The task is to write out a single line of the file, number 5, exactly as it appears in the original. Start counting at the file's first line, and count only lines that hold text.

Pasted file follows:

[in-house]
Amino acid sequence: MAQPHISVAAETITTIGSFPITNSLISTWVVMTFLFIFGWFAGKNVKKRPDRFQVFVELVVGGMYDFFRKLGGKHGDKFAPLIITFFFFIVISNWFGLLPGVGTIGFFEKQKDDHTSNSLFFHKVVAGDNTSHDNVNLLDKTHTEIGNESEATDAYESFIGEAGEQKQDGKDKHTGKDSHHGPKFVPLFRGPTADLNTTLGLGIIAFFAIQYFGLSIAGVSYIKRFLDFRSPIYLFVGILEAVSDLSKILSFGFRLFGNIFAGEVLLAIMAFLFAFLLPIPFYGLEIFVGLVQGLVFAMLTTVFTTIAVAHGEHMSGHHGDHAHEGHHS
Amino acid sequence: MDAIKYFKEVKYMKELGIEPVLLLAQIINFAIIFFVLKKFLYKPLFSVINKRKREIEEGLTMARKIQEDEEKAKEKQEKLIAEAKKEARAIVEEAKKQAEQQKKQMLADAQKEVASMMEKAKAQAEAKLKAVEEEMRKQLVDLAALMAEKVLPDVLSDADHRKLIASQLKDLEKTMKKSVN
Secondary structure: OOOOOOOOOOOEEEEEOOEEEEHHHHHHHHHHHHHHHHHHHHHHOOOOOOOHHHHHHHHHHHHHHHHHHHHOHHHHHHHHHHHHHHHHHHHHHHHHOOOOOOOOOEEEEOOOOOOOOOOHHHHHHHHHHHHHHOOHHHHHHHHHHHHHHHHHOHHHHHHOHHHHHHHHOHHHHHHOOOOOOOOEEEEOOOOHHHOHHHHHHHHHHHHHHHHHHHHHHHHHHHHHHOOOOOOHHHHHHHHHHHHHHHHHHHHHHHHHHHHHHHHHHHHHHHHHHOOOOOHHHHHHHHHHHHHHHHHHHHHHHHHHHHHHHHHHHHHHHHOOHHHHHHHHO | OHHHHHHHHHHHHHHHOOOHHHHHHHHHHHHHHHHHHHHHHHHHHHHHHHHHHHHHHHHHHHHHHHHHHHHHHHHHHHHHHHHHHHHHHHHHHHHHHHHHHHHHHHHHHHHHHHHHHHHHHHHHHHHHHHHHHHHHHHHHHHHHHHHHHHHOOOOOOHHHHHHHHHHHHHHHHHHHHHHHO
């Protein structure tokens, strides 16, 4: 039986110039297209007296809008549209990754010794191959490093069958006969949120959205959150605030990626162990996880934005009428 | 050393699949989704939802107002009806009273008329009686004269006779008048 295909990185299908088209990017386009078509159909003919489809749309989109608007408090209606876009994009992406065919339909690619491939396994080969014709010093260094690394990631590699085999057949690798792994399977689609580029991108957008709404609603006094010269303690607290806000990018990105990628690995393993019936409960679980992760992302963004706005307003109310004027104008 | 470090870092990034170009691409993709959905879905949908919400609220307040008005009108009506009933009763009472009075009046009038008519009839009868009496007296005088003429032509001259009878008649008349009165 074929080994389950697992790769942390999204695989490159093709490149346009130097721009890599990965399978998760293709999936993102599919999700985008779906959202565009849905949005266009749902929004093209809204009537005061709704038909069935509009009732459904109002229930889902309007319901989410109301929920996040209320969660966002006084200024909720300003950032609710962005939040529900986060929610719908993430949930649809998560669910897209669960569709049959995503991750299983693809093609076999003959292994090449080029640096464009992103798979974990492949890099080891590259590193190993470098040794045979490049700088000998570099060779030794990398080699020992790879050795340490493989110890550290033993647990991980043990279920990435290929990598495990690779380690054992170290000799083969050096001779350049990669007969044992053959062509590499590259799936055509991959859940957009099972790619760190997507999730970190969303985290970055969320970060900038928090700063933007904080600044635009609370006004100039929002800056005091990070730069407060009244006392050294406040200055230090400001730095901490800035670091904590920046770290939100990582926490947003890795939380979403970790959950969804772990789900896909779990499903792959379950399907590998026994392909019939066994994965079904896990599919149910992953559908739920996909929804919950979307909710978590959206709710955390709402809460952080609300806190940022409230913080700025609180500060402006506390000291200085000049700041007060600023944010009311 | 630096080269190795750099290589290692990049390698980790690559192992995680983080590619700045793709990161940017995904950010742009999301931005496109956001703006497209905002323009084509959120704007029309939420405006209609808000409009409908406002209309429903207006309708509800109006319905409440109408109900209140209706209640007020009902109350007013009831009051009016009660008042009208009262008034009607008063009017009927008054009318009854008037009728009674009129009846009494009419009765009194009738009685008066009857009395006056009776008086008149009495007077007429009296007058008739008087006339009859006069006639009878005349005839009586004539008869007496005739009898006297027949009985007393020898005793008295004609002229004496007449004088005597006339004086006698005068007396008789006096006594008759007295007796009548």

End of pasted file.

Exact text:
């Protein structure tokens, strides 16, 4: 039986110039297209007296809008549209990754010794191959490093069958006969949120959205959150605030990626162990996880934005009428 | 050393699949989704939802107002009806009273008329009686004269006779008048 295909990185299908088209990017386009078509159909003919489809749309989109608007408090209606876009994009992406065919339909690619491939396994080969014709010093260094690394990631590699085999057949690798792994399977689609580029991108957008709404609603006094010269303690607290806000990018990105990628690995393993019936409960679980992760992302963004706005307003109310004027104008 | 470090870092990034170009691409993709959905879905949908919400609220307040008005009108009506009933009763009472009075009046009038008519009839009868009496007296005088003429032509001259009878008649008349009165 074929080994389950697992790769942390999204695989490159093709490149346009130097721009890599990965399978998760293709999936993102599919999700985008779906959202565009849905949005266009749902929004093209809204009537005061709704038909069935509009009732459904109002229930889902309007319901989410109301929920996040209320969660966002006084200024909720300003950032609710962005939040529900986060929610719908993430949930649809998560669910897209669960569709049959995503991750299983693809093609076999003959292994090449080029640096464009992103798979974990492949890099080891590259590193190993470098040794045979490049700088000998570099060779030794990398080699020992790879050795340490493989110890550290033993647990991980043990279920990435290929990598495990690779380690054992170290000799083969050096001779350049990669007969044992053959062509590499590259799936055509991959859940957009099972790619760190997507999730970190969303985290970055969320970060900038928090700063933007904080600044635009609370006004100039929002800056005091990070730069407060009244006392050294406040200055230090400001730095901490800035670091904590920046770290939100990582926490947003890795939380979403970790959950969804772990789900896909779990499903792959379950399907590998026994392909019939066994994965079904896990599919149910992953559908739920996909929804919950979307909710978590959206709710955390709402809460952080609300806190940022409230913080700025609180500060402006506390000291200085000049700041007060600023944010009311 | 630096080269190795750099290589290692990049390698980790690559192992995680983080590619700045793709990161940017995904950010742009999301931005496109956001703006497209905002323009084509959120704007029309939420405006209609808000409009409908406002209309429903207006309708509800109006319905409440109408109900209140209706209640007020009902109350007013009831009051009016009660008042009208009262008034009607008063009017009927008054009318009854008037009728009674009129009846009494009419009765009194009738009685008066009857009395006056009776008086008149009495007077007429009296007058008739008087006339009859006069006639009878005349005839009586004539008869007496005739009898006297027949009985007393020898005793008295004609002229004496007449004088005597006339004086006698005068007396008789006096006594008759007295007796009548």